What are the legal responsibilities of social networks and platforms?
64% of teens with Twitter accounts say that their tweets are public, while 24% say their tweets are private. 12% of teens with Twitter accounts say that they “don’t know” if their tweets are public or private.
While boys and girls are equally likely to say their accounts are public, boys are significantly more likely than girls to say that they don’t know (21% of boys who have Twitter accounts report this, compared with 5% of girls).
Social media networks cannot control whether younger users accounts are private or public, therefore they should implement restrictions on how old you have to be to have a public account. But at the moment social networks cannot control this decision and it only depends on the user.
Social networks shouldn’t be the only ones to control the risks of social media, and parents or guardians can have an input to protect their children from inappropriate behaviour.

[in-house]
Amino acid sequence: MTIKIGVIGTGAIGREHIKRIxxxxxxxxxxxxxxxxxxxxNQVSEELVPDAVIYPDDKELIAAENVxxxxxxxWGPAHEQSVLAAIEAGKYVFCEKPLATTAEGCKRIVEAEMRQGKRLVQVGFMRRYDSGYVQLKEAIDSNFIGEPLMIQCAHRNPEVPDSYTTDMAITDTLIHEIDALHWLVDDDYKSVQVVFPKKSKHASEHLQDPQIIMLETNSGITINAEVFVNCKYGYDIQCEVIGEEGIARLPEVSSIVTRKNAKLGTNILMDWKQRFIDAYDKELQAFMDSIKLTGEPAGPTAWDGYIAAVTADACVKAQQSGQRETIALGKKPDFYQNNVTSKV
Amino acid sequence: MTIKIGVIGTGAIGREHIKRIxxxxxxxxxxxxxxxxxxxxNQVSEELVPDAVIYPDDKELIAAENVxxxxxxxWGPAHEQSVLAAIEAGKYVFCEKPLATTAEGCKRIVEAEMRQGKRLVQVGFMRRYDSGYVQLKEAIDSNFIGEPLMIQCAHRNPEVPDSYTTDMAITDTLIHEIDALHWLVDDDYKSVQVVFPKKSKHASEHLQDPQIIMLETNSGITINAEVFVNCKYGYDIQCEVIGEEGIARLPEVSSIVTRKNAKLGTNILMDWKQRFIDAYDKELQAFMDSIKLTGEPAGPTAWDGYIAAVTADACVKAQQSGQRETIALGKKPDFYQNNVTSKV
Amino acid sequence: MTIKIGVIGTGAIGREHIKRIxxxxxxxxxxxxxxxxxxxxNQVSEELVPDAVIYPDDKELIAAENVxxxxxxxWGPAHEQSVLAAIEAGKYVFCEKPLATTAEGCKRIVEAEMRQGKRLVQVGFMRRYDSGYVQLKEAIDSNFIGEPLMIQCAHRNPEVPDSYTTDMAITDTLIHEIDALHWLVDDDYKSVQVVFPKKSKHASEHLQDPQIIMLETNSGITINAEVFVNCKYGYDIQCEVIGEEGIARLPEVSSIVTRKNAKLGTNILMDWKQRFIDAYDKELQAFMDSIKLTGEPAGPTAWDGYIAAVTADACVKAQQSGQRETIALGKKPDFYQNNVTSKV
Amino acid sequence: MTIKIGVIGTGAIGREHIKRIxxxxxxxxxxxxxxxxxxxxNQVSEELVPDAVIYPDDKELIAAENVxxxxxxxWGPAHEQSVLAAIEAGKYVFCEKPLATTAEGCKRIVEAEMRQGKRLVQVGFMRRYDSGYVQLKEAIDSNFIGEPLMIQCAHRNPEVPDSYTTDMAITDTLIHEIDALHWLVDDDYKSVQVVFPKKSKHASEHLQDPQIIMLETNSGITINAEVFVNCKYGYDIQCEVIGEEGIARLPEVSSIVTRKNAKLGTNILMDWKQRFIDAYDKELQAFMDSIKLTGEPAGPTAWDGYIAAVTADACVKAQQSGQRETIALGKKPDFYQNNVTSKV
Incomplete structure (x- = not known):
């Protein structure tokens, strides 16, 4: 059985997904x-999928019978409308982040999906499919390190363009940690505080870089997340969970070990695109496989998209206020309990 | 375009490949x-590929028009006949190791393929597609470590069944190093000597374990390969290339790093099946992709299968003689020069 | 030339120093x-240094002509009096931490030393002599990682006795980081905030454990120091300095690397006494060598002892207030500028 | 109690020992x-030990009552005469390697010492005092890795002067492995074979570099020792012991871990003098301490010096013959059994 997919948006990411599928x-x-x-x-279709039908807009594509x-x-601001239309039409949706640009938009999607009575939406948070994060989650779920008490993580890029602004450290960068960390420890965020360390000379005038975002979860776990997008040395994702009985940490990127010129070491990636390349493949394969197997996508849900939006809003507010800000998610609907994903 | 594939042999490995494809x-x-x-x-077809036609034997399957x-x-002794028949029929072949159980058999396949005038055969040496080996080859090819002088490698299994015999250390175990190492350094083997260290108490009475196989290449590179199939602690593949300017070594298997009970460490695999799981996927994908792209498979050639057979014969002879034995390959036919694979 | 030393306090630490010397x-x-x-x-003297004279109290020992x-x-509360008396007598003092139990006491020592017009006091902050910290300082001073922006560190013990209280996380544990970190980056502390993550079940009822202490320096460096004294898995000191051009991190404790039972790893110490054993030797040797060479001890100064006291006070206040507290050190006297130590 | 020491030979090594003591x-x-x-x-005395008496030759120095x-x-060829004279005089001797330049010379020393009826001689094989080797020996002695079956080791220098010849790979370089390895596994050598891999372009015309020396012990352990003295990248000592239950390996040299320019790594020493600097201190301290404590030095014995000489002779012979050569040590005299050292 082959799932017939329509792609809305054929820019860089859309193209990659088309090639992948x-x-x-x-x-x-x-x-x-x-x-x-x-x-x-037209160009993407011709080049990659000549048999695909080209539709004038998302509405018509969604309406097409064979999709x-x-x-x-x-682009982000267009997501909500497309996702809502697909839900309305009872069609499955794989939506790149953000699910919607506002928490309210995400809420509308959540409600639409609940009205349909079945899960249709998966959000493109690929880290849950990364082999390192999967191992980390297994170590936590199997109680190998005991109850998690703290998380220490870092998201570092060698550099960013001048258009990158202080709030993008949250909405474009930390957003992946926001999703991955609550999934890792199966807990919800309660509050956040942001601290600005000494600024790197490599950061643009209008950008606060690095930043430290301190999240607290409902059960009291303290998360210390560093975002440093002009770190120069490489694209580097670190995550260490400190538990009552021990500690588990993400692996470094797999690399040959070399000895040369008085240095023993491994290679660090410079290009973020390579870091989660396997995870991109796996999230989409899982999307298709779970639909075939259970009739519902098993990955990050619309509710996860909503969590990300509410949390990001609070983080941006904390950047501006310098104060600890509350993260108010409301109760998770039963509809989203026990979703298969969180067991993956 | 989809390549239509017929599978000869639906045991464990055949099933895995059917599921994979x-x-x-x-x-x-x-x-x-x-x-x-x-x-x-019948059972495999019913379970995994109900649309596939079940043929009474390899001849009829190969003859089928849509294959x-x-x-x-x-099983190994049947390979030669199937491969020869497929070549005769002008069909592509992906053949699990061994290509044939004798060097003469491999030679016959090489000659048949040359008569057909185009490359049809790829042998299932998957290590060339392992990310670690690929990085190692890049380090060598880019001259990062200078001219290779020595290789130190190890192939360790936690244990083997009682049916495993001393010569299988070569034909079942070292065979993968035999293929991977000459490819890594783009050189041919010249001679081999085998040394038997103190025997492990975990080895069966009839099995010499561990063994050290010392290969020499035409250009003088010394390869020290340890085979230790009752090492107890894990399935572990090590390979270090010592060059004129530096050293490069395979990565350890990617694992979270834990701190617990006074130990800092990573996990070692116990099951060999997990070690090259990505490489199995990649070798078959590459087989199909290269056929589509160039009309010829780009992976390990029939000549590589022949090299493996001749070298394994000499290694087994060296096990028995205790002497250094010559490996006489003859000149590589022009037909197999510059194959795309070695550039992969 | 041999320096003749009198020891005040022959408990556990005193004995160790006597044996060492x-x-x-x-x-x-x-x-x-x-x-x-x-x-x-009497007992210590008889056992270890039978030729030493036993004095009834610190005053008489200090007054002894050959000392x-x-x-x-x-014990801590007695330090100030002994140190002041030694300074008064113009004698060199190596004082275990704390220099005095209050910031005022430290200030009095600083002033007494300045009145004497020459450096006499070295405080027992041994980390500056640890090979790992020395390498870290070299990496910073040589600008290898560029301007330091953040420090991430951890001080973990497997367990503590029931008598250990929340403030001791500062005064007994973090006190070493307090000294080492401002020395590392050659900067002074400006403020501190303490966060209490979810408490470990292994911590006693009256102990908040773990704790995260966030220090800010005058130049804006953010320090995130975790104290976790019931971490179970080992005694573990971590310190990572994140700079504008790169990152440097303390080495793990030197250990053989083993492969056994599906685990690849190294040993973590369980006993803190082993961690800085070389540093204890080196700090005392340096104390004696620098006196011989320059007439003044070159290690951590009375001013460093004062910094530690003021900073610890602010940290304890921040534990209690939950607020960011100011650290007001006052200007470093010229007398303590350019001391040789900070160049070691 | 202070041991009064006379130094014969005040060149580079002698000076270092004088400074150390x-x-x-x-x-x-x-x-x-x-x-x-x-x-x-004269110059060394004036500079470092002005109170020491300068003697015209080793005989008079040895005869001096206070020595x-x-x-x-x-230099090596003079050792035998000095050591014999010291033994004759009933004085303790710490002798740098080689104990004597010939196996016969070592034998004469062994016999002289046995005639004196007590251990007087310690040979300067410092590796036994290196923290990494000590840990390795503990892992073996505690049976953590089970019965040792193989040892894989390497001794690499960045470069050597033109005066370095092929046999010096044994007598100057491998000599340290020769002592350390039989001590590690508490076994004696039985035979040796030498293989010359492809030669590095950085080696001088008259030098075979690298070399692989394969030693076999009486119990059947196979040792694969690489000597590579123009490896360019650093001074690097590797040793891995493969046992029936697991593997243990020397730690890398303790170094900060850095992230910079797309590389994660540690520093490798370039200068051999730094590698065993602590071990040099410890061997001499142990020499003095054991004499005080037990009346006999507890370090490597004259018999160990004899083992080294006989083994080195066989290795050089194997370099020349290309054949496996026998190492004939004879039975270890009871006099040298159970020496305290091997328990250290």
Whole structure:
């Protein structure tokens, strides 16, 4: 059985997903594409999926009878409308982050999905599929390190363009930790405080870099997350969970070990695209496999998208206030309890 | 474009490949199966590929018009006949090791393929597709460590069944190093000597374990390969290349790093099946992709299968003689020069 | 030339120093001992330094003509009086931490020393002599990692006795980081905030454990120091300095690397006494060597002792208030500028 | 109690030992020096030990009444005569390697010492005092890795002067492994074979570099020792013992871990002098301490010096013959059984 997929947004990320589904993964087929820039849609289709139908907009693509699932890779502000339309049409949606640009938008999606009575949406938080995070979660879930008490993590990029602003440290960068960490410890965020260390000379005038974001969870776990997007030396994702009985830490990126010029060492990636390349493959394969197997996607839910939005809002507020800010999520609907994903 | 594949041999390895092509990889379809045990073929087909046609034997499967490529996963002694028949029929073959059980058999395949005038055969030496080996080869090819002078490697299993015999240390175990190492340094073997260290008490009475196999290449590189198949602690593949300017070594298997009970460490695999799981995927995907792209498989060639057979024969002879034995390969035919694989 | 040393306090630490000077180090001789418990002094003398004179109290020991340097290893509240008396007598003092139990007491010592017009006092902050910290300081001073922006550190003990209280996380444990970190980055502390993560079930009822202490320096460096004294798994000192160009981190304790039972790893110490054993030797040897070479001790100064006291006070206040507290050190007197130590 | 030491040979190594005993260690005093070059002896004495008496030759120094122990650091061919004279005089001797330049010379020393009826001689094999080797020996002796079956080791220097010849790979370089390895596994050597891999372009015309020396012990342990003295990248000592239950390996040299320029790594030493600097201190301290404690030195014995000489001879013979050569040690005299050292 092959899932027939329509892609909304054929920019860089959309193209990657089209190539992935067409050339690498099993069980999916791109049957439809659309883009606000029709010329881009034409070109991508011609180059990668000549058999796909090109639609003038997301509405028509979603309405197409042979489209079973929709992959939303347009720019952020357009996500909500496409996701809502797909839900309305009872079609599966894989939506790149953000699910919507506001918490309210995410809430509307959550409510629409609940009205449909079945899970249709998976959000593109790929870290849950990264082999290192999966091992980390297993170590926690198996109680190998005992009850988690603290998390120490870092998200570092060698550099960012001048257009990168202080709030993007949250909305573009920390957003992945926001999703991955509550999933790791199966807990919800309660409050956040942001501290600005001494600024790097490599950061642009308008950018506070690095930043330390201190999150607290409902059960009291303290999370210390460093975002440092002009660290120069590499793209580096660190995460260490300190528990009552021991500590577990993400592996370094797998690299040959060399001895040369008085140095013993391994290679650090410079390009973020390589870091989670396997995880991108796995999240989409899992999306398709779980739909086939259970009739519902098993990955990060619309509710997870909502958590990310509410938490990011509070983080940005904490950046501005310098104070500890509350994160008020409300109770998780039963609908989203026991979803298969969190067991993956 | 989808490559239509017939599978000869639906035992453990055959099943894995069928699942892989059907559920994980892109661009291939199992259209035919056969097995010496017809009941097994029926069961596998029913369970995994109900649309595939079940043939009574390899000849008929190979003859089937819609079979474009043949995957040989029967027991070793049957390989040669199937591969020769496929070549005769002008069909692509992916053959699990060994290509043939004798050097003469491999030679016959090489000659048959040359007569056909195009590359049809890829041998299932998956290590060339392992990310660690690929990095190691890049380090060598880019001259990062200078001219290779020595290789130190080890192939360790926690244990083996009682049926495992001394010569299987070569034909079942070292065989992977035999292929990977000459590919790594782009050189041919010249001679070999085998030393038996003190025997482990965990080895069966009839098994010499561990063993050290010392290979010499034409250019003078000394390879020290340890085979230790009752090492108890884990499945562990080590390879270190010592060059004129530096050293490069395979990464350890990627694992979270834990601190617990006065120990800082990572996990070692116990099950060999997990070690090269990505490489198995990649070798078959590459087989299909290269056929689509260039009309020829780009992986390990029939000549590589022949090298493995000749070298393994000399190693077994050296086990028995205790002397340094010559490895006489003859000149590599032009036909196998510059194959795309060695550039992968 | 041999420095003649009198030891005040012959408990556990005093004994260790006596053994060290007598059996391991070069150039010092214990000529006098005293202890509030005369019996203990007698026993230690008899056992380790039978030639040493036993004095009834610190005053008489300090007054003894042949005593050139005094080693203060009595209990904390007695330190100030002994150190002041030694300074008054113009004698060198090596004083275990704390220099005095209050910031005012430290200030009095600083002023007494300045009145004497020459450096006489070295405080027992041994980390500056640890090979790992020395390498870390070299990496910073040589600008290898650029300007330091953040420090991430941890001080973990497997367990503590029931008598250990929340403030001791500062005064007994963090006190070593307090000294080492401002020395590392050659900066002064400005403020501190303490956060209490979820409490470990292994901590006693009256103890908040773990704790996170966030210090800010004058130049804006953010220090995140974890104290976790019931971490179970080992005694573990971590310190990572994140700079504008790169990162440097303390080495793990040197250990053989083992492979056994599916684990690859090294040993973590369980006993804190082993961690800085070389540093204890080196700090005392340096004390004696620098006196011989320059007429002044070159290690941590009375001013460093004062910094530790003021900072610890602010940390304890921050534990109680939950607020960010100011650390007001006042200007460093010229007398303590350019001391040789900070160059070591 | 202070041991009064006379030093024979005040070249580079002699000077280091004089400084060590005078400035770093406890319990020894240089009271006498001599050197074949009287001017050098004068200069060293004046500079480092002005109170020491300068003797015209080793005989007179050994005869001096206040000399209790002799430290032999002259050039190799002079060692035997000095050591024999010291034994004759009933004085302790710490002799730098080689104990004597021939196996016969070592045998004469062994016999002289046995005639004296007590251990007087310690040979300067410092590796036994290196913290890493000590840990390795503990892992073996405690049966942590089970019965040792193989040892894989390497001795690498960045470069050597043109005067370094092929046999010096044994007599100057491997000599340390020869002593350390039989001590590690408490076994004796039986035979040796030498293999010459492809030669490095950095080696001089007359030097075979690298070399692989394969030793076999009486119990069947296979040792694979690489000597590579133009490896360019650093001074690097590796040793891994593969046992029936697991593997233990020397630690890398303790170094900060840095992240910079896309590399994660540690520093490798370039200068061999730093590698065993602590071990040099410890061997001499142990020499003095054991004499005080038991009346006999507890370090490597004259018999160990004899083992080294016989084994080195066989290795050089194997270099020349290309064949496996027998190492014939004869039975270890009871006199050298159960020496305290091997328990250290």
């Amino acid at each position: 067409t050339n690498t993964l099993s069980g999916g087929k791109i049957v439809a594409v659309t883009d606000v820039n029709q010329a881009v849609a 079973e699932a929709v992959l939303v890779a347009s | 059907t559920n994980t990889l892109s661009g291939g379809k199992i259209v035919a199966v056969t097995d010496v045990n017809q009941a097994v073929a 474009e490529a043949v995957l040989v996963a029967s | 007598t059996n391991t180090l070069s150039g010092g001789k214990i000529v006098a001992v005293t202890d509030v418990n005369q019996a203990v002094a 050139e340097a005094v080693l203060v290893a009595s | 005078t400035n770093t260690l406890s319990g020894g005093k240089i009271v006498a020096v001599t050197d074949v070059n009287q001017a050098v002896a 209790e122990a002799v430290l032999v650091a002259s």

- Work out how they want to behave and be treated by other people online understand the risks involved in using social media – for example, risks like being tagged in an embarrassing photo taken at a party understand the dangers involved in sharing content and personal information – this includes not only content that your child shares but also images of your child that other people share, or posts and images that others tag your child to learn how to navigate the risks – for example, if your child posts an identifiable image of themselves, they can reduce risk by not including any other personal information learn what to do if people ask for personal details, are mean or abusive online, post embarrassing photos of your child, or share information that links back to your child.